The clients 460 may be general-purpose computers configured to execute applications over a variety of operating systems, including the UNIX® and Microsoft® Windows™ operating systems. Client systems generally utilize file-based access protocols when accessing information (in the form of files and directories) over a NAS-based network. Therefore, each client 460 may request the services of the storage appliance 400 by issuing file access protocol messages (in the form of packets) to the appliance over the network 465. For example, a client 460 a running the Windows operating system may communicate with the storage appliance 400 using the Common Internet File System (CIFS) protocol over TCP/IP. On the other hand, a client 460 b running the UNIX operating system may communicate with the multi-protocol appliance using either the Network File System (NFS) protocol over TCP/IP or the Direct Access File System (DAFS) protocol over a virtual interface (VI) transport in accordance with a remote DMA (RDMA) protocol over TCP/IP. It will be apparent to those skilled in the art that other clients running other types of operating systems may also communicate with the integrated multi-protocol storage appliance using other file access protocols.
The storage network “target” adapter 426 also couples the multi-protocol storage appliance 400 to clients 460 that may be further configured to access the stored information as blocks or disks. For this SAN-based network environment, the storage appliance is coupled to an illustrative Fibre Channel (FC) network 485. FC is a networking standard describing a suite of protocols and media that is primarily found in SAN deployments. The network target adapter 426 may comprise a FC host bus adapter (HBA) having the mechanical, electrical and signaling circuitry needed to connect the appliance 400 to a SAN network switch, such as a conventional FC switch 480. In addition to providing FC access, the FC HBA offloads fiber channel network processing operations for the storage appliance.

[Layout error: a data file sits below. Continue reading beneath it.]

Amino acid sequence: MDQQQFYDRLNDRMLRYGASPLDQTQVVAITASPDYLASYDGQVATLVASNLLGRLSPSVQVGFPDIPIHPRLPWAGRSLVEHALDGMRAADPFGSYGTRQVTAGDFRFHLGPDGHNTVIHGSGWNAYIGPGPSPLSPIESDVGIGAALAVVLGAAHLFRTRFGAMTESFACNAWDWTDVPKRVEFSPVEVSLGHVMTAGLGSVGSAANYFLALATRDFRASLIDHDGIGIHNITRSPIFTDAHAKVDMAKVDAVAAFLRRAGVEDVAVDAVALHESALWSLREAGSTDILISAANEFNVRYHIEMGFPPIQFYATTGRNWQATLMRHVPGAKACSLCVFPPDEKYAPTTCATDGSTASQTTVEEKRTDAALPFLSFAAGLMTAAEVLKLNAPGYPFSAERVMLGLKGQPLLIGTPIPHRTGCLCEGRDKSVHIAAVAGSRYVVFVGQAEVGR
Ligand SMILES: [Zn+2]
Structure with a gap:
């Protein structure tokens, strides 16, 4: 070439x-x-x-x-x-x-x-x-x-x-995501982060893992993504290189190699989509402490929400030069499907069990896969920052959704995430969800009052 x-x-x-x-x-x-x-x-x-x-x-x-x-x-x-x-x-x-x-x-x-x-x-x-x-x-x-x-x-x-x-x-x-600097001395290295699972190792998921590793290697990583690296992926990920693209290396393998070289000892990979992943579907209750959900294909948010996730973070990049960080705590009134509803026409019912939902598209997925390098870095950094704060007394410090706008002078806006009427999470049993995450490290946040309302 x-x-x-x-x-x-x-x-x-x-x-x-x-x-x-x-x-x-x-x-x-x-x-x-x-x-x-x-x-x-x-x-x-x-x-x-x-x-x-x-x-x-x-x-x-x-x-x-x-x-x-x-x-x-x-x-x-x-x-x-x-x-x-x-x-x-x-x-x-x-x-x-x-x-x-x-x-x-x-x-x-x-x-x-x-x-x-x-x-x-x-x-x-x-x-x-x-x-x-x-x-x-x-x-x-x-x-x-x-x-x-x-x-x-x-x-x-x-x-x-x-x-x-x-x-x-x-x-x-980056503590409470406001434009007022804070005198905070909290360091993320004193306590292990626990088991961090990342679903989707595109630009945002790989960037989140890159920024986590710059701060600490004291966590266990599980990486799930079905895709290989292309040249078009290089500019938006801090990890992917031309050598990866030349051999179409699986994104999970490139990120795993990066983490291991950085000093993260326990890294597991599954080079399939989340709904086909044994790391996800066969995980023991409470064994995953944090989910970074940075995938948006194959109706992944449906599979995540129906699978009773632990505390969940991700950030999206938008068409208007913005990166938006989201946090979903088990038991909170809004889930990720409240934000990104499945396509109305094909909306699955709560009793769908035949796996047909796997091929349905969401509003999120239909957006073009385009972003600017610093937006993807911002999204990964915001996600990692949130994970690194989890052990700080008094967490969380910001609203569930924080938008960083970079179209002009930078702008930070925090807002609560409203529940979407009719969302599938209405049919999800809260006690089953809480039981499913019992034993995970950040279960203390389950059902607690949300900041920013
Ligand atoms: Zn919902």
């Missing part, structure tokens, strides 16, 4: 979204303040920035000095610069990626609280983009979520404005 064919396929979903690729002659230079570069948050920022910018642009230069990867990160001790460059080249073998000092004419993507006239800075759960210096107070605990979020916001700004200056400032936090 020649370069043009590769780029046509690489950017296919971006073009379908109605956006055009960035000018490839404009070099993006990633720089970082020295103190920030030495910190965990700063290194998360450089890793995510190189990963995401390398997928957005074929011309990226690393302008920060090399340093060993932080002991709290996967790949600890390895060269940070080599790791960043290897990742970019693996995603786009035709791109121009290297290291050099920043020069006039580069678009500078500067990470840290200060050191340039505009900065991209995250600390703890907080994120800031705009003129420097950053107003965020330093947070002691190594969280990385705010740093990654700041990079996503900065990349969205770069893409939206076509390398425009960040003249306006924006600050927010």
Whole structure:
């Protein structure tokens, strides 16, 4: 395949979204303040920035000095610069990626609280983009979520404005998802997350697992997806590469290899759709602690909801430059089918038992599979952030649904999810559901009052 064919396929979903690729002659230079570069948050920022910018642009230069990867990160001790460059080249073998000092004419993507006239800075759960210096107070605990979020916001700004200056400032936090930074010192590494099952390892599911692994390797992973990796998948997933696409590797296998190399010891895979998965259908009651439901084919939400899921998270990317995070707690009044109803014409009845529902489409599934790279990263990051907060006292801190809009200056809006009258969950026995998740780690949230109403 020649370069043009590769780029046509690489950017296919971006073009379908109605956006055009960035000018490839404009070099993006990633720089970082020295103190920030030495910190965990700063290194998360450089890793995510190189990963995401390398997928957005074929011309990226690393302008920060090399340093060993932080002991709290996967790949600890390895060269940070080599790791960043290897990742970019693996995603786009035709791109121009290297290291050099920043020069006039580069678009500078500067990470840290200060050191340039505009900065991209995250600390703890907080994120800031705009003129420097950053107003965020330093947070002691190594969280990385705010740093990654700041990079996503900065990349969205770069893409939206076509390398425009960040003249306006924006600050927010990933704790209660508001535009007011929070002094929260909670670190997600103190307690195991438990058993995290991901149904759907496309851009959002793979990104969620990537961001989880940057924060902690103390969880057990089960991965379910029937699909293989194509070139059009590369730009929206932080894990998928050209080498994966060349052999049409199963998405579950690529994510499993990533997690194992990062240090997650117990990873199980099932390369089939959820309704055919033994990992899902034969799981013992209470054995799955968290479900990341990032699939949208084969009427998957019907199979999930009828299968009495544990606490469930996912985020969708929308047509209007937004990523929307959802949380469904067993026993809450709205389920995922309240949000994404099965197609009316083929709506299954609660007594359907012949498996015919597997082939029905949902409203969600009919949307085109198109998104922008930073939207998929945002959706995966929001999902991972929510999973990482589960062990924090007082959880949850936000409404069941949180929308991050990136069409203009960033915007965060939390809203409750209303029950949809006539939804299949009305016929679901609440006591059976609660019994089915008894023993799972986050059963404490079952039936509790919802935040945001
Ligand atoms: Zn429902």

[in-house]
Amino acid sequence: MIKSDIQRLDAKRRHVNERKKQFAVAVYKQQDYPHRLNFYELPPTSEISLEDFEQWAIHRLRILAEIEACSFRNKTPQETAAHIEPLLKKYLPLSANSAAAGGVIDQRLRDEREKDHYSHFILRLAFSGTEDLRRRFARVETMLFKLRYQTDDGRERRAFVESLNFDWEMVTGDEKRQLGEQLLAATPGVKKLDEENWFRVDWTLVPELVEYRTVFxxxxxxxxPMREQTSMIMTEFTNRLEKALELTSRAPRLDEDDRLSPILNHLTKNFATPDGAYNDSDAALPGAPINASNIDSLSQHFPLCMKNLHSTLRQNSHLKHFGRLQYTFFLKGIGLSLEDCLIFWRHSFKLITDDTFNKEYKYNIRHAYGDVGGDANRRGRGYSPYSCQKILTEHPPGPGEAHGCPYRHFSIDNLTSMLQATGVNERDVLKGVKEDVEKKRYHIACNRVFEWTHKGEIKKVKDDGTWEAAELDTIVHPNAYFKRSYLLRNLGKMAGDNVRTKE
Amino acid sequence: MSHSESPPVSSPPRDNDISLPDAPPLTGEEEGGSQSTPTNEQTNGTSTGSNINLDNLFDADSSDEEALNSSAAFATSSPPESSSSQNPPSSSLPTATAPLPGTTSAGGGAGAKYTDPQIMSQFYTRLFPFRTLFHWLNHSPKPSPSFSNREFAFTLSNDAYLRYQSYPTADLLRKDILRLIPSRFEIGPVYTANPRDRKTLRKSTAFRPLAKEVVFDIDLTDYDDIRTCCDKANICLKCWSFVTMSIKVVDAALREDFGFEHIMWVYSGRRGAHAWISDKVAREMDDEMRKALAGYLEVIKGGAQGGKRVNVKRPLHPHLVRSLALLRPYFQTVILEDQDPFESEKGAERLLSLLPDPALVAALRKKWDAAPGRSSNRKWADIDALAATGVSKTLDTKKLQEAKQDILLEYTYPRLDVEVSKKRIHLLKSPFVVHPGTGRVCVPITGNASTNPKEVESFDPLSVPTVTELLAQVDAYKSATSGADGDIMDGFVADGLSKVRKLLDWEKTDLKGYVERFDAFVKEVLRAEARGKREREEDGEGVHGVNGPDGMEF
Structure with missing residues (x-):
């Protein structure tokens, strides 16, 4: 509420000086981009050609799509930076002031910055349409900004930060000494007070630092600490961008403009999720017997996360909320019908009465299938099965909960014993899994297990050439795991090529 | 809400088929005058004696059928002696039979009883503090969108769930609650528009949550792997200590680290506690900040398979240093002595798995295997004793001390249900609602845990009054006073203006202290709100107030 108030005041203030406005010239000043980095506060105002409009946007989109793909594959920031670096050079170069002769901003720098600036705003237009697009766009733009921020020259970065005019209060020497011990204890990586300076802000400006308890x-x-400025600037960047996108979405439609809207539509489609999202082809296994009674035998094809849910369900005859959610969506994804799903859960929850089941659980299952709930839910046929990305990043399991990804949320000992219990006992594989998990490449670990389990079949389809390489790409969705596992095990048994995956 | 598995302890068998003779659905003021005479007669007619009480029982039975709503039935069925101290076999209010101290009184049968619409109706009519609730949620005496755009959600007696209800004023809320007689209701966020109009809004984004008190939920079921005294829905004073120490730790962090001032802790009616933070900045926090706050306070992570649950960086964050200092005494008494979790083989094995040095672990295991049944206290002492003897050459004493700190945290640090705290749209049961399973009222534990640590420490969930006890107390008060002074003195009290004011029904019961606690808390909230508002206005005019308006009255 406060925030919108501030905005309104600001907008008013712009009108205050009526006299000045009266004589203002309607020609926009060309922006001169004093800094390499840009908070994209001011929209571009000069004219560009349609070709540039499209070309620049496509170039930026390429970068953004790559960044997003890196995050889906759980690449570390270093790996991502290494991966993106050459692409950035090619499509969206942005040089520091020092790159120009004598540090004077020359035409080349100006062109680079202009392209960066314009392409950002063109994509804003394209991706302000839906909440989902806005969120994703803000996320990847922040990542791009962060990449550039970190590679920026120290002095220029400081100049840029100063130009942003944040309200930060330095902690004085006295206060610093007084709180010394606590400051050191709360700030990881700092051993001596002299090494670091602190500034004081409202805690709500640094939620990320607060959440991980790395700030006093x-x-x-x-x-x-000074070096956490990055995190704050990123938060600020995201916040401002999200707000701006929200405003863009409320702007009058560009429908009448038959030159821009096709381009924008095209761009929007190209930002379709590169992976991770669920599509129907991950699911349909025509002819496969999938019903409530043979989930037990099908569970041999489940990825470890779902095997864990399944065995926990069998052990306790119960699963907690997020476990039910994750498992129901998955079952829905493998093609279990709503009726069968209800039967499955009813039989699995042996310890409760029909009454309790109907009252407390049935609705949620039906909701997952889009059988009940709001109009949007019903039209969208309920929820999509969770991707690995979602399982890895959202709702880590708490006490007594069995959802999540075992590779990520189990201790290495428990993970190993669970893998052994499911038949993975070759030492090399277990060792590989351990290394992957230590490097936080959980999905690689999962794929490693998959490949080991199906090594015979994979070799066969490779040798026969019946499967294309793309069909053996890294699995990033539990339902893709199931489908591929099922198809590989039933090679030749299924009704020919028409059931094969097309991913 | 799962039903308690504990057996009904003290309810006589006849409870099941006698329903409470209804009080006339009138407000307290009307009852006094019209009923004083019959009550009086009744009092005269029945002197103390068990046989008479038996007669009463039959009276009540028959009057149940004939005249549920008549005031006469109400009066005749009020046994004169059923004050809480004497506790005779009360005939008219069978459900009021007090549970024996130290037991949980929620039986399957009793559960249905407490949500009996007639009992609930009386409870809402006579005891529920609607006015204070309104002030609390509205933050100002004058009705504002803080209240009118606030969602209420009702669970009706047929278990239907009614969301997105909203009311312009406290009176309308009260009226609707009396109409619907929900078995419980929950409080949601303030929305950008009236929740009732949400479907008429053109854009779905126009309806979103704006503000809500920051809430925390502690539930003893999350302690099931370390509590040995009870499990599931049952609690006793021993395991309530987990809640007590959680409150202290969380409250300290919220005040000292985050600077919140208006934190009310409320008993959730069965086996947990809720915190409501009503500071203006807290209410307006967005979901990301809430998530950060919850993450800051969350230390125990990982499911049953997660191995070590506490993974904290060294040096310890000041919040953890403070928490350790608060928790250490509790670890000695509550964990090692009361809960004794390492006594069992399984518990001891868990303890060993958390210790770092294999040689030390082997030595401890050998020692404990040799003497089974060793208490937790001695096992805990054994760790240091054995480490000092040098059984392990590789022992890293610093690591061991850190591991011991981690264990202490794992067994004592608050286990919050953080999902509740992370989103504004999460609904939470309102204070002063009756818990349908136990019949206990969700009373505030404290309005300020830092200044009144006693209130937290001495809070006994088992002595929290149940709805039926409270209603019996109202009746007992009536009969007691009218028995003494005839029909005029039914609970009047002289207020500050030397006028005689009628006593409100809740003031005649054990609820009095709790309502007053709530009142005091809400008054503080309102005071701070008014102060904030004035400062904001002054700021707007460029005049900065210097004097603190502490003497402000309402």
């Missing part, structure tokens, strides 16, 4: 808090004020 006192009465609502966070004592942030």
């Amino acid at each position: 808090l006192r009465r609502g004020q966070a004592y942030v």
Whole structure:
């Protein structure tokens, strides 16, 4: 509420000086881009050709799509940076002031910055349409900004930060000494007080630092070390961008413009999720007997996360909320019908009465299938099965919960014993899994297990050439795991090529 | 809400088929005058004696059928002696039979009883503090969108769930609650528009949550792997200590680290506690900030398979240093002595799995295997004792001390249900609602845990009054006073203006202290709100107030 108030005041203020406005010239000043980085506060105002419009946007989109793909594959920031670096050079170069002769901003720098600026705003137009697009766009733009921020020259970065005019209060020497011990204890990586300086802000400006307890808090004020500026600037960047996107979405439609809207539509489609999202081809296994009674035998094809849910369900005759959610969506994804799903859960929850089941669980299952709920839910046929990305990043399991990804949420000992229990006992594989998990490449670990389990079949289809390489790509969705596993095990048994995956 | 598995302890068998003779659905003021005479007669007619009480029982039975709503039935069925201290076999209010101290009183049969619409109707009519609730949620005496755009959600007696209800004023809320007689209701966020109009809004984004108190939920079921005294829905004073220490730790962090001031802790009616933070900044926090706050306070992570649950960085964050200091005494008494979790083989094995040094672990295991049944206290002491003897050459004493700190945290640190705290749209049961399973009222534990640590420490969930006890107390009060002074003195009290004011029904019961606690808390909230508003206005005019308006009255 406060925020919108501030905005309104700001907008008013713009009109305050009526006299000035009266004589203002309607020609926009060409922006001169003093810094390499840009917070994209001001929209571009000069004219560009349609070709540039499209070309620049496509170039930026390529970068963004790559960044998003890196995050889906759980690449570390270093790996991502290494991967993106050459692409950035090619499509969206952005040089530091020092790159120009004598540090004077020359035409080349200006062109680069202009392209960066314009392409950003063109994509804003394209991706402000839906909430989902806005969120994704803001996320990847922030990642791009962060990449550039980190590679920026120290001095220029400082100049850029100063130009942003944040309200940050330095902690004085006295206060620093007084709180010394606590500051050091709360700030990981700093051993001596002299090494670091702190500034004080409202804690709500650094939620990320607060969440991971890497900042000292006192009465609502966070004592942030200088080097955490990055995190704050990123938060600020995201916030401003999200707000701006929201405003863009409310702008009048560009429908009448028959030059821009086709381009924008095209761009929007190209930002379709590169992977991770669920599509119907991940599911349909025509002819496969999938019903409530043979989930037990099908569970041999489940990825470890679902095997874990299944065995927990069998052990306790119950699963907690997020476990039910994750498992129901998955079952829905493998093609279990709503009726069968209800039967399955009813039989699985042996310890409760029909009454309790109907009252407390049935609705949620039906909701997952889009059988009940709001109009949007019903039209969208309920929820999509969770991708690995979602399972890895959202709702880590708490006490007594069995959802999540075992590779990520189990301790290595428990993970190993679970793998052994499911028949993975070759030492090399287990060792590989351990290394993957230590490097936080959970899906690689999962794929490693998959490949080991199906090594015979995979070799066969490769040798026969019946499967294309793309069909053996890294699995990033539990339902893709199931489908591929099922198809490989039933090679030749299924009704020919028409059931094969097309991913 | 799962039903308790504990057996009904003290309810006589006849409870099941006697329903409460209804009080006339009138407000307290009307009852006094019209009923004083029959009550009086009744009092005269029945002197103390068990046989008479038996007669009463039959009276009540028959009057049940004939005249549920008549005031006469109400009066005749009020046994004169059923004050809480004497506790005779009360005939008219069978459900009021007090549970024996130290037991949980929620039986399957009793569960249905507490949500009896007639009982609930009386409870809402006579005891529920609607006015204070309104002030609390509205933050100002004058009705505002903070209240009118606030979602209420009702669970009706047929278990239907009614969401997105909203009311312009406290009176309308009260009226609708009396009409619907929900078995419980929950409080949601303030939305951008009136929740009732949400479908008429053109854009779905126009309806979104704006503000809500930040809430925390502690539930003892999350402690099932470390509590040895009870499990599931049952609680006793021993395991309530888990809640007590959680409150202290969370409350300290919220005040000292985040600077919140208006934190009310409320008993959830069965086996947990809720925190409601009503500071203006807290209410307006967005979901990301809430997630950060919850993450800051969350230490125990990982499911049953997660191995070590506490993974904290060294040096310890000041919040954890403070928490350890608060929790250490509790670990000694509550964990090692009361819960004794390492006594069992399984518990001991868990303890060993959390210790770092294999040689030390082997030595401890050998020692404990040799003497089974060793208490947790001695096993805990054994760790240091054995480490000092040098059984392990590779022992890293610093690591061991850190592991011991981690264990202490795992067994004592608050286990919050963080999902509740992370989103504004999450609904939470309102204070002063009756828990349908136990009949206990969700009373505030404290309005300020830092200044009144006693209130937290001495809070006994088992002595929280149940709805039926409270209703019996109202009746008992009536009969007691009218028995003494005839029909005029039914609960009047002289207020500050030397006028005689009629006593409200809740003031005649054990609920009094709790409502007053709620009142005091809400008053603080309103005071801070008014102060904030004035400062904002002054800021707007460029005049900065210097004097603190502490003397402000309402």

The clients 460 generally utilize block-based access protocols, such as the Small Computer Systems Interface (SCSI) protocol, when accessing information (in the form of blocks, disks or vdisks) over a SAN-based network. SCSI is a peripheral input/output (I/O) interface with a standard, device independent protocol that allows different peripheral devices, such as disks 430, to attach to the storage appliance 400. In SCSI terminology, clients 460 operating in a SAN environment are initiators that initiate requests and commands for data. The multi-protocol storage appliance is thus a target configured to respond to the requests issued by the initiators in accordance with a request/response protocol. The initiators and targets have endpoint addresses that, in accordance with the FC protocol, comprise worldwide names (WWN). A WWN is a unique identifier, e.g., a node name or a port name, consisting of an 8-byte number.
The multi-protocol storage appliance 400 supports various SCSI-based protocols used in SAN deployments, including SCSI encapsulated over TCP (iSCSI) and SCSI encapsulated over FC (FCP). The initiators (hereinafter clients 460) may thus request the services of the target (hereinafter storage appliance 400) by issuing iSCSI and FCP messages over the network 485 to access information stored on the disks. It will be apparent to those skilled in the art that the clients may also request the services of the integrated multi-protocol storage appliance using other block access protocols. By supporting a plurality of block access protocols, the multi-protocol storage appliance provides a unified and coherent access solution to vdisks/luns in a heterogeneous SAN environment.